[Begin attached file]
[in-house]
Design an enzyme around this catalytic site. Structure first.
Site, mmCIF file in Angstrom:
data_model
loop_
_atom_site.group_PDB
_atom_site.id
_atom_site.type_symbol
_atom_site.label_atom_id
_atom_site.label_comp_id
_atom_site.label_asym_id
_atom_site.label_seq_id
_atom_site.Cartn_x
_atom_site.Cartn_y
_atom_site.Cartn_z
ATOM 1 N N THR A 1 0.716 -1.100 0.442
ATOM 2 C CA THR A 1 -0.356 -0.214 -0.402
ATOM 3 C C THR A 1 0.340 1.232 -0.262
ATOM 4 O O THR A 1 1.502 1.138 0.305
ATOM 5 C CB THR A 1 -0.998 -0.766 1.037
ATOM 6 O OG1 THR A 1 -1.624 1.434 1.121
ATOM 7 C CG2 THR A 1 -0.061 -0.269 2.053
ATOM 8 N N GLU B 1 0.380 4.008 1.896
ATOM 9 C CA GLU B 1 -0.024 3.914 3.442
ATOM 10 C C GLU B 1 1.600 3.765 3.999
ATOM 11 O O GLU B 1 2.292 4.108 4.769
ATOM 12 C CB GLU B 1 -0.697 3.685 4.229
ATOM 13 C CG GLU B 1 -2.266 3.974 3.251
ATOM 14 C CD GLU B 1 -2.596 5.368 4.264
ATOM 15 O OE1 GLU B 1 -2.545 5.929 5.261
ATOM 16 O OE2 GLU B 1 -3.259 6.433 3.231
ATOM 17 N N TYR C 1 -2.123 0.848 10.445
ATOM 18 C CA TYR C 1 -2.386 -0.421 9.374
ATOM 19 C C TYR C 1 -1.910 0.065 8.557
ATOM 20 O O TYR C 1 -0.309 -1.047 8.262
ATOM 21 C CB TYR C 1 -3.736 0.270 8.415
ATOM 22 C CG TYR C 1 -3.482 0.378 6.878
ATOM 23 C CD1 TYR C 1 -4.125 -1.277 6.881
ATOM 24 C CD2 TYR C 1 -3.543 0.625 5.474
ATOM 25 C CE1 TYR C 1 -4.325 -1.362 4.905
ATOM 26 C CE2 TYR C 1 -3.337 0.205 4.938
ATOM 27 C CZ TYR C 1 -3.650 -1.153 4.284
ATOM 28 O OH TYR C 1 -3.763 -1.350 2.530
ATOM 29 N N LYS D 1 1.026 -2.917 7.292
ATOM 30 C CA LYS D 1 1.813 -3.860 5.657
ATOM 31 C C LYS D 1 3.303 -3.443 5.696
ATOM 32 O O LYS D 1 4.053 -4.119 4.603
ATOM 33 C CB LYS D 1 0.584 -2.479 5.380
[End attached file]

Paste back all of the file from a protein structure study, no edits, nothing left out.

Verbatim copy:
[in-house]
Design an enzyme around this catalytic site. Structure first.
Site, mmCIF file in Angstrom:
data_model
loop_
_atom_site.group_PDB
_atom_site.id
_atom_site.type_symbol
_atom_site.label_atom_id
_atom_site.label_comp_id
_atom_site.label_asym_id
_atom_site.label_seq_id
_atom_site.Cartn_x
_atom_site.Cartn_y
_atom_site.Cartn_z
ATOM 1 N N THR A 1 0.716 -1.100 0.442
ATOM 2 C CA THR A 1 -0.356 -0.214 -0.402
ATOM 3 C C THR A 1 0.340 1.232 -0.262
ATOM 4 O O THR A 1 1.502 1.138 0.305
ATOM 5 C CB THR A 1 -0.998 -0.766 1.037
ATOM 6 O OG1 THR A 1 -1.624 1.434 1.121
ATOM 7 C CG2 THR A 1 -0.061 -0.269 2.053
ATOM 8 N N GLU B 1 0.380 4.008 1.896
ATOM 9 C CA GLU B 1 -0.024 3.914 3.442
ATOM 10 C C GLU B 1 1.600 3.765 3.999
ATOM 11 O O GLU B 1 2.292 4.108 4.769
ATOM 12 C CB GLU B 1 -0.697 3.685 4.229
ATOM 13 C CG GLU B 1 -2.266 3.974 3.251
ATOM 14 C CD GLU B 1 -2.596 5.368 4.264
ATOM 15 O OE1 GLU B 1 -2.545 5.929 5.261
ATOM 16 O OE2 GLU B 1 -3.259 6.433 3.231
ATOM 17 N N TYR C 1 -2.123 0.848 10.445
ATOM 18 C CA TYR C 1 -2.386 -0.421 9.374
ATOM 19 C C TYR C 1 -1.910 0.065 8.557
ATOM 20 O O TYR C 1 -0.309 -1.047 8.262
ATOM 21 C CB TYR C 1 -3.736 0.270 8.415
ATOM 22 C CG TYR C 1 -3.482 0.378 6.878
ATOM 23 C CD1 TYR C 1 -4.125 -1.277 6.881
ATOM 24 C CD2 TYR C 1 -3.543 0.625 5.474
ATOM 25 C CE1 TYR C 1 -4.325 -1.362 4.905
ATOM 26 C CE2 TYR C 1 -3.337 0.205 4.938
ATOM 27 C CZ TYR C 1 -3.650 -1.153 4.284
ATOM 28 O OH TYR C 1 -3.763 -1.350 2.530
ATOM 29 N N LYS D 1 1.026 -2.917 7.292
ATOM 30 C CA LYS D 1 1.813 -3.860 5.657
ATOM 31 C C LYS D 1 3.303 -3.443 5.696
ATOM 32 O O LYS D 1 4.053 -4.119 4.603
ATOM 33 C CB LYS D 1 0.584 -2.479 5.380